Avian influenza outbreaks have been a big problem for poultry farmers in South Africa. Good biosecurity measures are important in order to mitigate risk and to secure your birds’ health overall.
Juan Pretorius, a technical advisor at AFGRI Animal Feed, gave some insight on this on African Farming.
Avian Influenza, or AI, is a disease mostly found in layers and broiler breeders. Broilers are less susceptible to AI, though.
AI is mostly grown by water birds and spread by wild birds that usually migrate from the northern hemisphere. It’s usually spread quite fast.
“This year’s AI is quite different than the previous years’ because it’s a different variant. Usually, when your birds are infected, they die within a day. This year the incubation period was three to four days,” said Juan.
This pushed this disease to a new level because birds on the farm would start to look sick, but farmers wouldn’t realise the birds have AI.
“The problem with that is, by the time farmers do realise, it’s already spread through the farm. So, that is currently the biggest challenge with AI this time around. And if your biosecurity isn’t in place, it can quickly wipe out your farm.”
Biosecurity measures in order to mitigate risks of AI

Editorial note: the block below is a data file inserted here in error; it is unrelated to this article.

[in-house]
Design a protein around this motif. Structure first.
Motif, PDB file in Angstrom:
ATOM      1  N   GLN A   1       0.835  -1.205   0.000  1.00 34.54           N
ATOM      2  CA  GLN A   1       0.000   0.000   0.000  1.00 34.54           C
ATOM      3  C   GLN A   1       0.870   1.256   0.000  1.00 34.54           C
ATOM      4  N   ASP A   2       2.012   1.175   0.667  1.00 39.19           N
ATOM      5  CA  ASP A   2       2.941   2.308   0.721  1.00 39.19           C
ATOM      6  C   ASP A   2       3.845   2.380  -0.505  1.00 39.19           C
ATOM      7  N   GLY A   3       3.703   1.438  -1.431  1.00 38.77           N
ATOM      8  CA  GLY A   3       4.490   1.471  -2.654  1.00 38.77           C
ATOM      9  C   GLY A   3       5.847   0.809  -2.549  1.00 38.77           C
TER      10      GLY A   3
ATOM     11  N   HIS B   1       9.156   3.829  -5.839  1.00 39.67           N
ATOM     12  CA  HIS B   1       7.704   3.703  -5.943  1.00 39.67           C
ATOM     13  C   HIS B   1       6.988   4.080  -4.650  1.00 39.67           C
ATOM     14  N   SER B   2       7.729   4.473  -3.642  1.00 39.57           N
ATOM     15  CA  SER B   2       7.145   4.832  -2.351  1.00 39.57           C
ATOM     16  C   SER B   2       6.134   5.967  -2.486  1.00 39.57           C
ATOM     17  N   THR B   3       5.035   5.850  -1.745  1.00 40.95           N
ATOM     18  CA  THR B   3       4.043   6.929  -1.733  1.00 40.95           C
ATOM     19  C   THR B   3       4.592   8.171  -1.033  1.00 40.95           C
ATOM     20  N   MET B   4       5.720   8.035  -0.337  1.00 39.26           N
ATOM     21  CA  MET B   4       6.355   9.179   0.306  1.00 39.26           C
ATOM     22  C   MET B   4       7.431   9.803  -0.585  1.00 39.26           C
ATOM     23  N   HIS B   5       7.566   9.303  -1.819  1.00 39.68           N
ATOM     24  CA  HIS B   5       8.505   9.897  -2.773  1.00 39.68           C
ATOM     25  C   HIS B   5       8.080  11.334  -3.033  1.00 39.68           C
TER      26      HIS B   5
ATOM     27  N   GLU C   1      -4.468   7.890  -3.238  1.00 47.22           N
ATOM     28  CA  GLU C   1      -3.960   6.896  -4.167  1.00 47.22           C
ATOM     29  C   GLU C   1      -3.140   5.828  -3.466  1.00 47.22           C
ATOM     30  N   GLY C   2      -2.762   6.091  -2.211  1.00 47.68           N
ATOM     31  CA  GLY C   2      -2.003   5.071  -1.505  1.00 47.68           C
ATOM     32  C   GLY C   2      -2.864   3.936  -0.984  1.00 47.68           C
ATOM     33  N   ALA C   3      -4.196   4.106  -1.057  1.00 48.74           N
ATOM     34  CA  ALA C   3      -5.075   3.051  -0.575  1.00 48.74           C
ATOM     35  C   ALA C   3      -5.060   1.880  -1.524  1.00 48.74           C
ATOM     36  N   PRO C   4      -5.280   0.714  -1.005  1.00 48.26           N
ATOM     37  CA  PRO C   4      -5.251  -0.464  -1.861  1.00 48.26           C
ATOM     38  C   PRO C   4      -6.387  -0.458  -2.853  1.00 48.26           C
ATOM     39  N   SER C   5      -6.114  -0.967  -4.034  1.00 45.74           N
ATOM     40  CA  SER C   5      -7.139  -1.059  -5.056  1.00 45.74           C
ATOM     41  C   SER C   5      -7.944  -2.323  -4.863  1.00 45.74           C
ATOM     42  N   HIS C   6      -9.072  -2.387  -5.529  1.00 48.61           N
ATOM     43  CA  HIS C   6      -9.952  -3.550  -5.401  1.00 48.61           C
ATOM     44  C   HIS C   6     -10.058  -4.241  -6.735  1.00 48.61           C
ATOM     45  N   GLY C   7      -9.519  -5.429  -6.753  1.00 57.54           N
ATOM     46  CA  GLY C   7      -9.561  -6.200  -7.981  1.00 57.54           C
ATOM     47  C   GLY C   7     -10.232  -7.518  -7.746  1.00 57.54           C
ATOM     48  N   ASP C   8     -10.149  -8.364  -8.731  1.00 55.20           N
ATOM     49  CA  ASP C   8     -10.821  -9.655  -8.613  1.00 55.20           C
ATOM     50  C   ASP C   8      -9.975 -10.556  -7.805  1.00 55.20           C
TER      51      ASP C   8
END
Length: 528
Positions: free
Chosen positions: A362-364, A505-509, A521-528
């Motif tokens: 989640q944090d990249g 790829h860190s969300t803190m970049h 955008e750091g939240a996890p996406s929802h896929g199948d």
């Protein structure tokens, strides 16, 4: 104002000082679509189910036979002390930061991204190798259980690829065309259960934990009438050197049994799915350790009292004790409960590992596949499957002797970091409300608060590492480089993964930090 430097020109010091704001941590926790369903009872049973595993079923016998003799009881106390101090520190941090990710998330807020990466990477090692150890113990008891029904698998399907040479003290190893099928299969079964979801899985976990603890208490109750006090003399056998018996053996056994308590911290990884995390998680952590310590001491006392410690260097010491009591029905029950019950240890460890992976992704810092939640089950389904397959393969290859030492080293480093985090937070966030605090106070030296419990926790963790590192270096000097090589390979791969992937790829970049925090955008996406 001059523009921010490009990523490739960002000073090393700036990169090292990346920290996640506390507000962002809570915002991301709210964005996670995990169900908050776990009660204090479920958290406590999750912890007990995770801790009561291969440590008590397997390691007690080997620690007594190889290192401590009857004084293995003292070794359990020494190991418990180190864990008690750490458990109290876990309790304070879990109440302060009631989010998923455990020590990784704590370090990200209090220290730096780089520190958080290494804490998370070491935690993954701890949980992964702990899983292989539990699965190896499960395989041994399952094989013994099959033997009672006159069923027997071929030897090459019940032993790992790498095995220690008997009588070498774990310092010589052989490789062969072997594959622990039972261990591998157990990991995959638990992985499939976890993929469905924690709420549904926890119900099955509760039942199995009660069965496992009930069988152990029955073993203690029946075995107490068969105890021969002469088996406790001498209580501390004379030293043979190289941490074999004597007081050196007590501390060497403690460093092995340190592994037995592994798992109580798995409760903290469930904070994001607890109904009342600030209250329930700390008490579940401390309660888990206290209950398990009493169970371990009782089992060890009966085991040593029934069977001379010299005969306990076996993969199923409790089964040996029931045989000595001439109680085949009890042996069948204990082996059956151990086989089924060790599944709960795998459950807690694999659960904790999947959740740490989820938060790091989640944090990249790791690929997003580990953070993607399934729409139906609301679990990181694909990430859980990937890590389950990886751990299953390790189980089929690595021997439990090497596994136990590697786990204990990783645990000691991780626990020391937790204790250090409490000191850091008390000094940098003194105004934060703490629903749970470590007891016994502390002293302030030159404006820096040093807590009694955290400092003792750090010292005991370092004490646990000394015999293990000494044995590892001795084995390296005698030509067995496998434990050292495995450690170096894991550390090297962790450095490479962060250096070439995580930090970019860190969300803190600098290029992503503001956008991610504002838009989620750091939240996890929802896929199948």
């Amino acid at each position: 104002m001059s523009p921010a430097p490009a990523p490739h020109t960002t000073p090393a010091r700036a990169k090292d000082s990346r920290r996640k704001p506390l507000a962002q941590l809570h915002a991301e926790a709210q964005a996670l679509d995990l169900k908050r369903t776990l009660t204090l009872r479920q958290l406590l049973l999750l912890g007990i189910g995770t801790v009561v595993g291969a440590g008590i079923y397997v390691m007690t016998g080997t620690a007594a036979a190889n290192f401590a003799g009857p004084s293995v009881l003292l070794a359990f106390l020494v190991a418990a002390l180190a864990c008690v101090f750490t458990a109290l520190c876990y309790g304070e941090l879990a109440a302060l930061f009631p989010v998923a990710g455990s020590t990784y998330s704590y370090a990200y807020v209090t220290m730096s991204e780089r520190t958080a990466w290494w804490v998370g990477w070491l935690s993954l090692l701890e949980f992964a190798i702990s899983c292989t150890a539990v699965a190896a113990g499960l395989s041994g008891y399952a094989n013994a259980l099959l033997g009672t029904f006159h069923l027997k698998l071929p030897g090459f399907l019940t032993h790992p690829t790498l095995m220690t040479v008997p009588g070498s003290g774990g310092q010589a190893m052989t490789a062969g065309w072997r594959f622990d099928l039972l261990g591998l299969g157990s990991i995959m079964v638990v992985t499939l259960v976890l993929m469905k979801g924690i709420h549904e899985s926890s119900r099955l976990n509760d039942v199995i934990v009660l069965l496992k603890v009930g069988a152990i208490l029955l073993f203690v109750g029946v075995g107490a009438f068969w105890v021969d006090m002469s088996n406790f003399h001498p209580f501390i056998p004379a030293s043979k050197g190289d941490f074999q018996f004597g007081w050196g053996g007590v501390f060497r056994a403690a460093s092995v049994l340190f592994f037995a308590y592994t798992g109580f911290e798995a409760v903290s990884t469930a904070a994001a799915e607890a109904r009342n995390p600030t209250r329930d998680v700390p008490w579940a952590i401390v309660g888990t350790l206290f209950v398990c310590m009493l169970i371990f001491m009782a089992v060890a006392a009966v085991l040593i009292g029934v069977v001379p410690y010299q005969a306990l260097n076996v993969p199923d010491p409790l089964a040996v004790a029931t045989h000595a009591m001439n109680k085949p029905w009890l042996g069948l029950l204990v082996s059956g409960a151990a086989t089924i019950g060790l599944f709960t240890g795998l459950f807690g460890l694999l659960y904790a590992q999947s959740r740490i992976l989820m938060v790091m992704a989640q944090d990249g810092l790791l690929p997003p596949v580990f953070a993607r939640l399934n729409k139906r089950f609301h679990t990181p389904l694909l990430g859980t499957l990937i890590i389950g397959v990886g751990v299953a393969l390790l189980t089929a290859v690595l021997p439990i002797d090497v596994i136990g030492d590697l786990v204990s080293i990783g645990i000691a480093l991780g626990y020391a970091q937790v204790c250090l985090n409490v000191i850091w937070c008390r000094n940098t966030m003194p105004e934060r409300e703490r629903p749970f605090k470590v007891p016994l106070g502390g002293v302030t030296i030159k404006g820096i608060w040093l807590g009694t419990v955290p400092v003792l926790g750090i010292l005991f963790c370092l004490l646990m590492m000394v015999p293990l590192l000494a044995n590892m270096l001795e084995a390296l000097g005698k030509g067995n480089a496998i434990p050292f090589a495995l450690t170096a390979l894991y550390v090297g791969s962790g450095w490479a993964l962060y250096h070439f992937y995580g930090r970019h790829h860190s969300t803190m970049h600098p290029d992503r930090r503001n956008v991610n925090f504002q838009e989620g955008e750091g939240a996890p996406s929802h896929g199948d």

Biosecurity is a broad term, and one should simplify it.
‘Dip your boots into a footbath, spray your vehicle, limit the number of visitors to your farm,” Juan said. “That way you will limit the amount of chances for the disease to be spread in your farm, and just in general keep your farm clean.”
Good quality feed plays a role in order to secure good health for your bird
Good feed will never prevent disease on a farm but if will give your birds a good chance in life.
“It’s essential for the growth and development of the bird especially when they are young.
Good quality feed just ensures that the gut health and development of the bird is 100% so later in life they are less prone to diseases.
“Usually in broilers the number of days you feed your chicks are limited to 30-35 days to reach 2 kg. By that time farmers usually sell the birds. If you have a lower quality feed it usually takes longer, up to 42 days, to reach that point. And then your birds become more prone to disease when they’re older.”
For more information, visit afgri.co.za